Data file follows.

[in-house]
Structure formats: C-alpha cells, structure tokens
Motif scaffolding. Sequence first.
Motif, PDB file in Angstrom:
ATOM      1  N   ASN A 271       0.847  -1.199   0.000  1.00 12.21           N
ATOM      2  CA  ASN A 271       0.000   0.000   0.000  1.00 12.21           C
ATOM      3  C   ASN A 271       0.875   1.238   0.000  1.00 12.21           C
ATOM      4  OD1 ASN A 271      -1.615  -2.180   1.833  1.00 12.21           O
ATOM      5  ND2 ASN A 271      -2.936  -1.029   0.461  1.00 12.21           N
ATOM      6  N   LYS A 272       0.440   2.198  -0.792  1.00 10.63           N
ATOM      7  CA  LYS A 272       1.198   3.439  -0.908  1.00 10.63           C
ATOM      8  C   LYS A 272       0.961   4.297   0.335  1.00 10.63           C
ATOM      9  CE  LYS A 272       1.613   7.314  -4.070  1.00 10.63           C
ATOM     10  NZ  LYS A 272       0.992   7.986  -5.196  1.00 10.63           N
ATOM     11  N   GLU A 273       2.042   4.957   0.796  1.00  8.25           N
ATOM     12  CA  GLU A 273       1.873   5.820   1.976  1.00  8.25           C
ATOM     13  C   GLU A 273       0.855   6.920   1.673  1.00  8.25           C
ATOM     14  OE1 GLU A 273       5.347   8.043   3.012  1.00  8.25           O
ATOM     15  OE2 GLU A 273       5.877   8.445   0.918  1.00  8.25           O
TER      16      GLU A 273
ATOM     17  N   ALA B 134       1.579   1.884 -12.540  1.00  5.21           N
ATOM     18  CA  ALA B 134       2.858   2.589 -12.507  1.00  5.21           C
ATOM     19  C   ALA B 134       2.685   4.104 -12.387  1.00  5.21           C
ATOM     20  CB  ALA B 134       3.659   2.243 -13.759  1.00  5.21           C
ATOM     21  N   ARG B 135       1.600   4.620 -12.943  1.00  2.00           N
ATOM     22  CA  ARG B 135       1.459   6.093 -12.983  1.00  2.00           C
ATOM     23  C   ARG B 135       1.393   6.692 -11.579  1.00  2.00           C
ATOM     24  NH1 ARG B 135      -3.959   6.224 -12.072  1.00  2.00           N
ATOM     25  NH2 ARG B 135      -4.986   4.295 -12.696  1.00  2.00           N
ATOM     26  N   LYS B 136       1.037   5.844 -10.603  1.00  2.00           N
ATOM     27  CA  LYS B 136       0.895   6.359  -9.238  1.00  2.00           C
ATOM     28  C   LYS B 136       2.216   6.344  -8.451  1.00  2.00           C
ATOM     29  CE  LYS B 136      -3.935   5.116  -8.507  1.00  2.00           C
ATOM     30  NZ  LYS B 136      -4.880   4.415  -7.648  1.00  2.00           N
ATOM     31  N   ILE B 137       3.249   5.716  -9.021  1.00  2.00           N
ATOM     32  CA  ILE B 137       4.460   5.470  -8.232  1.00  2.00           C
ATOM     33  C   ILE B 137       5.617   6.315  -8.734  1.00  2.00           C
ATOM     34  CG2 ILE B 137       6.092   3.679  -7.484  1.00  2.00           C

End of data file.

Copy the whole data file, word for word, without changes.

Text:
[in-house]
Structure formats: C-alpha cells, structure tokens
Motif scaffolding. Sequence first.
Motif, PDB file in Angstrom:
ATOM      1  N   ASN A 271       0.847  -1.199   0.000  1.00 12.21           N
ATOM      2  CA  ASN A 271       0.000   0.000   0.000  1.00 12.21           C
ATOM      3  C   ASN A 271       0.875   1.238   0.000  1.00 12.21           C
ATOM      4  OD1 ASN A 271      -1.615  -2.180   1.833  1.00 12.21           O
ATOM      5  ND2 ASN A 271      -2.936  -1.029   0.461  1.00 12.21           N
ATOM      6  N   LYS A 272       0.440   2.198  -0.792  1.00 10.63           N
ATOM      7  CA  LYS A 272       1.198   3.439  -0.908  1.00 10.63           C
ATOM      8  C   LYS A 272       0.961   4.297   0.335  1.00 10.63           C
ATOM      9  CE  LYS A 272       1.613   7.314  -4.070  1.00 10.63           C
ATOM     10  NZ  LYS A 272       0.992   7.986  -5.196  1.00 10.63           N
ATOM     11  N   GLU A 273       2.042   4.957   0.796  1.00  8.25           N
ATOM     12  CA  GLU A 273       1.873   5.820   1.976  1.00  8.25           C
ATOM     13  C   GLU A 273       0.855   6.920   1.673  1.00  8.25           C
ATOM     14  OE1 GLU A 273       5.347   8.043   3.012  1.00  8.25           O
ATOM     15  OE2 GLU A 273       5.877   8.445   0.918  1.00  8.25           O
TER      16      GLU A 273
ATOM     17  N   ALA B 134       1.579   1.884 -12.540  1.00  5.21           N
ATOM     18  CA  ALA B 134       2.858   2.589 -12.507  1.00  5.21           C
ATOM     19  C   ALA B 134       2.685   4.104 -12.387  1.00  5.21           C
ATOM     20  CB  ALA B 134       3.659   2.243 -13.759  1.00  5.21           C
ATOM     21  N   ARG B 135       1.600   4.620 -12.943  1.00  2.00           N
ATOM     22  CA  ARG B 135       1.459   6.093 -12.983  1.00  2.00           C
ATOM     23  C   ARG B 135       1.393   6.692 -11.579  1.00  2.00           C
ATOM     24  NH1 ARG B 135      -3.959   6.224 -12.072  1.00  2.00           N
ATOM     25  NH2 ARG B 135      -4.986   4.295 -12.696  1.00  2.00           N
ATOM     26  N   LYS B 136       1.037   5.844 -10.603  1.00  2.00           N
ATOM     27  CA  LYS B 136       0.895   6.359  -9.238  1.00  2.00           C
ATOM     28  C   LYS B 136       2.216   6.344  -8.451  1.00  2.00           C
ATOM     29  CE  LYS B 136      -3.935   5.116  -8.507  1.00  2.00           C
ATOM     30  NZ  LYS B 136      -4.880   4.415  -7.648  1.00  2.00           N
ATOM     31  N   ILE B 137       3.249   5.716  -9.021  1.00  2.00           N
ATOM     32  CA  ILE B 137       4.460   5.470  -8.232  1.00  2.00           C
ATOM     33  C   ILE B 137       5.617   6.315  -8.734  1.00  2.00           C
ATOM     34  CG2 ILE B 137       6.092   3.679  -7.484  1.00  2.00           C